Yet, what is remarkable is how, in the eventful years that he served Indira Gandhi, Haksar was also blunt with his boss. This meant writing to her that it was “unrealistic” and “lacking in seriousness” for her to suggest that India approach China for a Treaty of Friendship shortly after they had signed one with the Soviet Union, and then proceeding to give the prime minister an extended lesson in diplomacy. At this time, India and China had yet to resume a normal ambassadorial relationship so it was far-fetched to think in terms of a special treaty of friendship and cooperation. At another point, it meant admonishing her so that she was forced to establish a protocol for diplomats and others seeking appointments with her. It meant, in short, taking their jobs seriously, being professional at all times.
The long wait to meet the high command
Fast forward to the present: What would Haksar make of very senior (and some not-so-senior) leaders being asked to wait for months to meet with the ‘high command’, or put on hold on the telephone time and again? Haksar would have been characteristically blunt, and, in the less forgiving years that were to come, it cost him his job. The second half of Jairam Ramesh’s biography covers the years Haksar worked hard, but not in the glow of the prime minister’s secretariat. We see Haksar being sidelined, and, at the same time, the slow unraveling of Indira Gandhi’s carefully constructed power in a less confident time. That the family in the shape of Sanjay Gandhi played a massive role in creating this less confident time hardly needs to be reiterated.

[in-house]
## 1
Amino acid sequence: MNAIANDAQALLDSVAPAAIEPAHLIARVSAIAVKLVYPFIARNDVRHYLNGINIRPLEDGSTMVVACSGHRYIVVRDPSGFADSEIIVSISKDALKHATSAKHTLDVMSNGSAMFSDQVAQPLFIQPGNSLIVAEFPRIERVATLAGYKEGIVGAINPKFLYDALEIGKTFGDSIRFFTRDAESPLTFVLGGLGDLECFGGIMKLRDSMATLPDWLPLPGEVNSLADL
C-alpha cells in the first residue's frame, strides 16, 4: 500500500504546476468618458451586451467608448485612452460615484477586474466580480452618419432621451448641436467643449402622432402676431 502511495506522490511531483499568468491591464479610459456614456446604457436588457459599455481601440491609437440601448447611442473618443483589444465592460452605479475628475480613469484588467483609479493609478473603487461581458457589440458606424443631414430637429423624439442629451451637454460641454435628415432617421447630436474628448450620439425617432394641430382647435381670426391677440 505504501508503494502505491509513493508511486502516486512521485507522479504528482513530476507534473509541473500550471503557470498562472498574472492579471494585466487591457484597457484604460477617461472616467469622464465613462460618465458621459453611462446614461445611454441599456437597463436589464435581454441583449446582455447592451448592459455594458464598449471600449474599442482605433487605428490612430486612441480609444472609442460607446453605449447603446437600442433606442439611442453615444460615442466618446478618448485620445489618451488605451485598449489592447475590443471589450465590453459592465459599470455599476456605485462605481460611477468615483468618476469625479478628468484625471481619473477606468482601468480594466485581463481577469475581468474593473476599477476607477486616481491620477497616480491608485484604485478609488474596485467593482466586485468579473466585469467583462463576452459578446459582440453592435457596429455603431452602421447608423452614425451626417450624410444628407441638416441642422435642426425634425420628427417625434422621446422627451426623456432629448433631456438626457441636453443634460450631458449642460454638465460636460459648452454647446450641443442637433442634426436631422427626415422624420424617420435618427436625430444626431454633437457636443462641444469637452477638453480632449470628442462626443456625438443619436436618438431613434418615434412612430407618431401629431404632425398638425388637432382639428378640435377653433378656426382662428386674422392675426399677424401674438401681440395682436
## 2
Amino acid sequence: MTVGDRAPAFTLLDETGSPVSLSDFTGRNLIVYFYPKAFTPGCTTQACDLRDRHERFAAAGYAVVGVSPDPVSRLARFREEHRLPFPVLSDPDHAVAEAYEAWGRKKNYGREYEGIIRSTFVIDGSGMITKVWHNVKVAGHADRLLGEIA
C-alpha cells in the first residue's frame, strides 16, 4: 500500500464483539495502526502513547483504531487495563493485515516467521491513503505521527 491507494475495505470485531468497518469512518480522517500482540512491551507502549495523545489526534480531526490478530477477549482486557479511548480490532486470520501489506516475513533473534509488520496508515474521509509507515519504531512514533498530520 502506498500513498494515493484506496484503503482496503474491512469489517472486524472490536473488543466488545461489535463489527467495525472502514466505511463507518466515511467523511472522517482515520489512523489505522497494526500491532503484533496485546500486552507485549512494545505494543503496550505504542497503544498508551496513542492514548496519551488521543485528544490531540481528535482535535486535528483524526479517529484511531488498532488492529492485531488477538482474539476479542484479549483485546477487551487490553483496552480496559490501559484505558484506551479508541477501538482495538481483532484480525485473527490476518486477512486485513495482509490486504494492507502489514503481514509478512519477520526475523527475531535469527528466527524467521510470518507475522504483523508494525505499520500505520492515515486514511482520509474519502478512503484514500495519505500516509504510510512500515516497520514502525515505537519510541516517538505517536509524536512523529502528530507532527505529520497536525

What does it mean to hold power, electoral power, political power today? To be among the 100 most powerful people in India or among the 100 most powerful women in the world? The power of leading an election rally, the rush of hearing your name on loudspeakers, seeing your name emblazoned on banners, posters, hoardings. The power to nominate candidates, build a political career, bring down a political career. The power to give darshan, to refuse to give darshan, to take a phone call, to refuse to take a phone call. The sense to use power responsibly and carefully, the incredible and appalling lack of sense, the thoughtlessness of tearing up an ordinance with all the media in attendance.
A recent article by senior Congress leaders Sanjay Jha and Salman Soz suggests that there is a widely felt need within the Congress for “a formal shadow cabinet”, the inclusion of “outstanding talent” whose “collective brilliance remains untapped” and the need to nurture and build “a surfeit of independent state leaders.” The Congress has its strengths; for the ‘high command’ to fear rival sources of power is not a sign of internal party democracy, but more in keeping with Putin’s Russia. A wishy-washy, half-time leader isn’t the kind aspirational India needs or can look up to. The Congress, if it wishes to make a comeback, will have to push to positions of leadership professional, committed, worthy politicians, not part-time dynasts.
Neeti Nair is associate professor of history at the University of Virginia and Global Fellow at the Woodrow Wilson International Center for Scholars. Views are personal.